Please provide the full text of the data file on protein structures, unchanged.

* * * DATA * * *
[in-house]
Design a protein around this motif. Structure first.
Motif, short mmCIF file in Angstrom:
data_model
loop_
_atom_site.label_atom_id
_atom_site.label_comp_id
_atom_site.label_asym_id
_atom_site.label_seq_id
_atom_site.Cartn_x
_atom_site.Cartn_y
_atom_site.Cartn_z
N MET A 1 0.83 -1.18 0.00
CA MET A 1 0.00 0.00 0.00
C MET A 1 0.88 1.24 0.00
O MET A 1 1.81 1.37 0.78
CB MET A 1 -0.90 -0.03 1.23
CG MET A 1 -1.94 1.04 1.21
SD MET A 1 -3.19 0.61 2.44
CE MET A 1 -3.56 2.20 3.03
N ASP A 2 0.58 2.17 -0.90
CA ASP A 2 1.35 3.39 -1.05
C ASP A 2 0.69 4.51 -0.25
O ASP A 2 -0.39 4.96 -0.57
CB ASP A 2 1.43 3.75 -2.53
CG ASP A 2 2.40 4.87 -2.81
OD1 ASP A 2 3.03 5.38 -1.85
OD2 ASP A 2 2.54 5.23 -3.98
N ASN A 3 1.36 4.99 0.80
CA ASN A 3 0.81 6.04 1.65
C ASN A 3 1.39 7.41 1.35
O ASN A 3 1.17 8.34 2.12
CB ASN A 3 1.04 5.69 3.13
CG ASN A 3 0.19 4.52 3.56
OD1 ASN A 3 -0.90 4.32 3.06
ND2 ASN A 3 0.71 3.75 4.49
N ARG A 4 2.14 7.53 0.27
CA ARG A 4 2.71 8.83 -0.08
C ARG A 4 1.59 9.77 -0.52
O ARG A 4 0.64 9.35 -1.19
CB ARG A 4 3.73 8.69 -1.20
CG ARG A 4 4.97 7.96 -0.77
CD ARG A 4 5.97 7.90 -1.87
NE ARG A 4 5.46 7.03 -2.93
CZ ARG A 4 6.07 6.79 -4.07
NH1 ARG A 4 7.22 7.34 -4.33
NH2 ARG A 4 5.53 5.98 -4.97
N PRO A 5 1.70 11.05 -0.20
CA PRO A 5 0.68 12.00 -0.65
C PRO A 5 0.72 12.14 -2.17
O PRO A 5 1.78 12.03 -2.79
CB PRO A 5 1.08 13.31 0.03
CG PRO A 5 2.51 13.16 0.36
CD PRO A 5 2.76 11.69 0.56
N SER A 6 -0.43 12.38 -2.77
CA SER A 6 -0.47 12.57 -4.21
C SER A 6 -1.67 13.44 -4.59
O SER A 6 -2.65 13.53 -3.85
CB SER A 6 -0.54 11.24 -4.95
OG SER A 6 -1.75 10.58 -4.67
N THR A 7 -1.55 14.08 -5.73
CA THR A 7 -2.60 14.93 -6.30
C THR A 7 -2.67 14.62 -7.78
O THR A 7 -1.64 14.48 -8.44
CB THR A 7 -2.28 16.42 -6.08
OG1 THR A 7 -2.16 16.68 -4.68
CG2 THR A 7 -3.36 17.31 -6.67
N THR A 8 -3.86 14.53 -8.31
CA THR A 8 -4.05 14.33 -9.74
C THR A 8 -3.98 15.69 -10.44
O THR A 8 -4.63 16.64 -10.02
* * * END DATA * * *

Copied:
[in-house]
Design a protein around this motif. Structure first.
Motif, short mmCIF file in Angstrom:
data_model
loop_
_atom_site.label_atom_id
_atom_site.label_comp_id
_atom_site.label_asym_id
_atom_site.label_seq_id
_atom_site.Cartn_x
_atom_site.Cartn_y
_atom_site.Cartn_z
N MET A 1 0.83 -1.18 0.00
CA MET A 1 0.00 0.00 0.00
C MET A 1 0.88 1.24 0.00
O MET A 1 1.81 1.37 0.78
CB MET A 1 -0.90 -0.03 1.23
CG MET A 1 -1.94 1.04 1.21
SD MET A 1 -3.19 0.61 2.44
CE MET A 1 -3.56 2.20 3.03
N ASP A 2 0.58 2.17 -0.90
CA ASP A 2 1.35 3.39 -1.05
C ASP A 2 0.69 4.51 -0.25
O ASP A 2 -0.39 4.96 -0.57
CB ASP A 2 1.43 3.75 -2.53
CG ASP A 2 2.40 4.87 -2.81
OD1 ASP A 2 3.03 5.38 -1.85
OD2 ASP A 2 2.54 5.23 -3.98
N ASN A 3 1.36 4.99 0.80
CA ASN A 3 0.81 6.04 1.65
C ASN A 3 1.39 7.41 1.35
O ASN A 3 1.17 8.34 2.12
CB ASN A 3 1.04 5.69 3.13
CG ASN A 3 0.19 4.52 3.56
OD1 ASN A 3 -0.90 4.32 3.06
ND2 ASN A 3 0.71 3.75 4.49
N ARG A 4 2.14 7.53 0.27
CA ARG A 4 2.71 8.83 -0.08
C ARG A 4 1.59 9.77 -0.52
O ARG A 4 0.64 9.35 -1.19
CB ARG A 4 3.73 8.69 -1.20
CG ARG A 4 4.97 7.96 -0.77
CD ARG A 4 5.97 7.90 -1.87
NE ARG A 4 5.46 7.03 -2.93
CZ ARG A 4 6.07 6.79 -4.07
NH1 ARG A 4 7.22 7.34 -4.33
NH2 ARG A 4 5.53 5.98 -4.97
N PRO A 5 1.70 11.05 -0.20
CA PRO A 5 0.68 12.00 -0.65
C PRO A 5 0.72 12.14 -2.17
O PRO A 5 1.78 12.03 -2.79
CB PRO A 5 1.08 13.31 0.03
CG PRO A 5 2.51 13.16 0.36
CD PRO A 5 2.76 11.69 0.56
N SER A 6 -0.43 12.38 -2.77
CA SER A 6 -0.47 12.57 -4.21
C SER A 6 -1.67 13.44 -4.59
O SER A 6 -2.65 13.53 -3.85
CB SER A 6 -0.54 11.24 -4.95
OG SER A 6 -1.75 10.58 -4.67
N THR A 7 -1.55 14.08 -5.73
CA THR A 7 -2.60 14.93 -6.30
C THR A 7 -2.67 14.62 -7.78
O THR A 7 -1.64 14.48 -8.44
CB THR A 7 -2.28 16.42 -6.08
OG1 THR A 7 -2.16 16.68 -4.68
CG2 THR A 7 -3.36 17.31 -6.67
N THR A 8 -3.86 14.53 -8.31
CA THR A 8 -4.05 14.33 -9.74
C THR A 8 -3.98 15.69 -10.44
O THR A 8 -4.63 16.64 -10.02